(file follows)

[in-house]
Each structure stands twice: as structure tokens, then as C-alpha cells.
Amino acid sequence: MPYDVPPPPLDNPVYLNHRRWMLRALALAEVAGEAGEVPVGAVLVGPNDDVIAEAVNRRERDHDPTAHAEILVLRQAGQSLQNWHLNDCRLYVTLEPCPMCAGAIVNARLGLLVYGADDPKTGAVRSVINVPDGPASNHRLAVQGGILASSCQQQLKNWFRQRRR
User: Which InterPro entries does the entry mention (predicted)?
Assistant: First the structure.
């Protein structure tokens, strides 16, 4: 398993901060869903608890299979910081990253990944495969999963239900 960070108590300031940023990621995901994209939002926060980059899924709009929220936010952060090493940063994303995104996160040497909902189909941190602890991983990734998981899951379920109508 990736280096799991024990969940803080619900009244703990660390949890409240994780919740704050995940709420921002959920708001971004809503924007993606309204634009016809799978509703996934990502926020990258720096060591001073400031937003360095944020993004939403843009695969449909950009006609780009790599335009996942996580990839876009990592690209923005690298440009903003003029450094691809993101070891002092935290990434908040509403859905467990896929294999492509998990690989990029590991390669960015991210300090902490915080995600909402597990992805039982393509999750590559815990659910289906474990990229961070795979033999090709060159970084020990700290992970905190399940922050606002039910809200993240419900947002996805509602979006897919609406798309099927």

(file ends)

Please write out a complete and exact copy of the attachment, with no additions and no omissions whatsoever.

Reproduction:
[in-house]
Each structure stands twice: as structure tokens, then as C-alpha cells.
Amino acid sequence: MPYDVPPPPLDNPVYLNHRRWMLRALALAEVAGEAGEVPVGAVLVGPNDDVIAEAVNRRERDHDPTAHAEILVLRQAGQSLQNWHLNDCRLYVTLEPCPMCAGAIVNARLGLLVYGADDPKTGAVRSVINVPDGPASNHRLAVQGGILASSCQQQLKNWFRQRRR
User: Which InterPro entries does the entry mention (predicted)?
Assistant: First the structure.
């Protein structure tokens, strides 16, 4: 398993901060869903608890299979910081990253990944495969999963239900 960070108590300031940023990621995901994209939002926060980059899924709009929220936010952060090493940063994303995104996160040497909902189909941190602890991983990734998981899951379920109508 990736280096799991024990969940803080619900009244703990660390949890409240994780919740704050995940709420921002959920708001971004809503924007993606309204634009016809799978509703996934990502926020990258720096060591001073400031937003360095944020993004939403843009695969449909950009006609780009790599335009996942996580990839876009990592690209923005690298440009903003003029450094691809993101070891002092935290990434908040509403859905467990896929294999492509998990690989990029590991390669960015991210300090902490915080995600909402597990992805039982393509999750590559815990659910289906474990990229961070795979033999090709060159970084020990700290992970905190399940922050606002039910809200993240419900947002996805509602979006897919609406798309099927």